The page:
Members of each fighter’s team are given opportunities to express an objection. Keith Connolly, Jacobs’ manager, said he had concerns with some of the judges who were in the pool, but was pleased by the way Bennett addressed his concerns.
Connolly refused to say which judges and/or referees he objected to, but he said he has no issues with the group the commission appointed.
He was blunt, though, in noting Alvarez’s huge popularity in Las Vegas.
“It’s always a concern when you go to fight a big star in his hometown,” Connolly said. “I understand that Las Vegas isn’t Canelo’s home, but it’s become like a second home for him. When I saw the pool of officials, there were some concerns and I raised some alarms. I told Bob what our concerns were and he addressed those.
“I do think there should be as much scrutiny on the officials as there is on the boxers because if we get a bad decision, if Danny clearly outboxes Canelo and Canelo gets the win anyway, that would be horrible for the sport. But Bob Bennett did a tremendous job and he deserves credit. He addressed every concern we brought up and we have [officials] I can’t argue with.”
Vegas commission committed to level playing field
Scoring a fight is highly subjective, and many people aren’t aware of the scoring rules, which only adds to controversy in close fights.
Alvarez is a huge draw and he’s been involved in three of the five biggest gates in Nevada history. That drives revenue in terms of fees and tax money to the commission, but Gordon said he’s always disliked that attitude where some believe it’s pre-ordained that the big stars like Alvarez, Mayweather and Mike Tyson would get the benefit of the doubt from the officials because of how much money they generate for the state.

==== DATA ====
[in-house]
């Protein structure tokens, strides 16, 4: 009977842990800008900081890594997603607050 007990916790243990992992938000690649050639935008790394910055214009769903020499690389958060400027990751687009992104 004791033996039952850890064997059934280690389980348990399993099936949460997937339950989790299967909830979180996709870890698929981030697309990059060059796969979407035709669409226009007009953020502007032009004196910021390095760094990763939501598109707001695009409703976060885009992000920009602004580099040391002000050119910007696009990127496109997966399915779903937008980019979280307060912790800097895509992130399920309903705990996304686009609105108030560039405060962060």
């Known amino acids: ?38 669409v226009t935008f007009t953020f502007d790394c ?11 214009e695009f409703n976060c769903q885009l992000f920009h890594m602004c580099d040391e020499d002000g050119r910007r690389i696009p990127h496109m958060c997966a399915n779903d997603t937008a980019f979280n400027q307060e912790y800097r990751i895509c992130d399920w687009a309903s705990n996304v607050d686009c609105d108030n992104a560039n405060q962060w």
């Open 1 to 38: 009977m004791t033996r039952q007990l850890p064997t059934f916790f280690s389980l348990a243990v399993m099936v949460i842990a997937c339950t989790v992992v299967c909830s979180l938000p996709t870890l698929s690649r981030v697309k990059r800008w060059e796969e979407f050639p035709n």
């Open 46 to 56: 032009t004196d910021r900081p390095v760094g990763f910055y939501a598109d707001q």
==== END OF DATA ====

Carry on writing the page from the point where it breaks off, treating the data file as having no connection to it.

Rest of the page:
“I get offended by those kinds of comments, and they’re not backed up by the facts,” Gordon said. “What I always wanted was to be fair and set a situation where the fighters would decide it themselves and where, if it were a close fight, we had the judges who had the ability to make the right call.”
Bennett praised his boss, commission chairman Anthony Marnell, who is a former minor league baseball player. Bennett said Marnell was committed to making a level playing field for everyone and had taken many steps in order to do so.
He pointed out that he was an FBI agent who investigated a fixed fight between Richie Melito and Thomas “Top Dawg” Williams in 2000 in Las Vegas. Melito won by first-round knockout, but Bennett investigated the case and proved that Williams had taken a dive.
“I had 24-and-a-half years in the FBI and I indicted a boxing case for a fixed fight and I traveled all over the country to interview fighters who took a dive to get money under the table and it was proven in a court of law. Do you think for one second I would say, ‘Hey, we’re going to favor Canelo here because he comes here often and he gives us a lot of business?’ ” Bennett said. “Or, ‘We’re going to favor Floyd because he is here so often?’ Hell no. Floyd was a world champ and he worked hard. It’s not up to me whether Floyd wins or loses. It’s up to Floyd.
“If I felt any of my judges were prejudiced or biased and I could prove it, I would report them to the FBI. We have no vested interest in the outcome. The Nevada State Athletic Commission’s only goal is to be fair and to get it right. We employ officials who have performed well under pressure and come up with the correct scores even in the biggest, most important and closest fights. Fighters want to come here and fight because they know we will go above and beyond to do that. Any suggestion otherwise is bull s---.”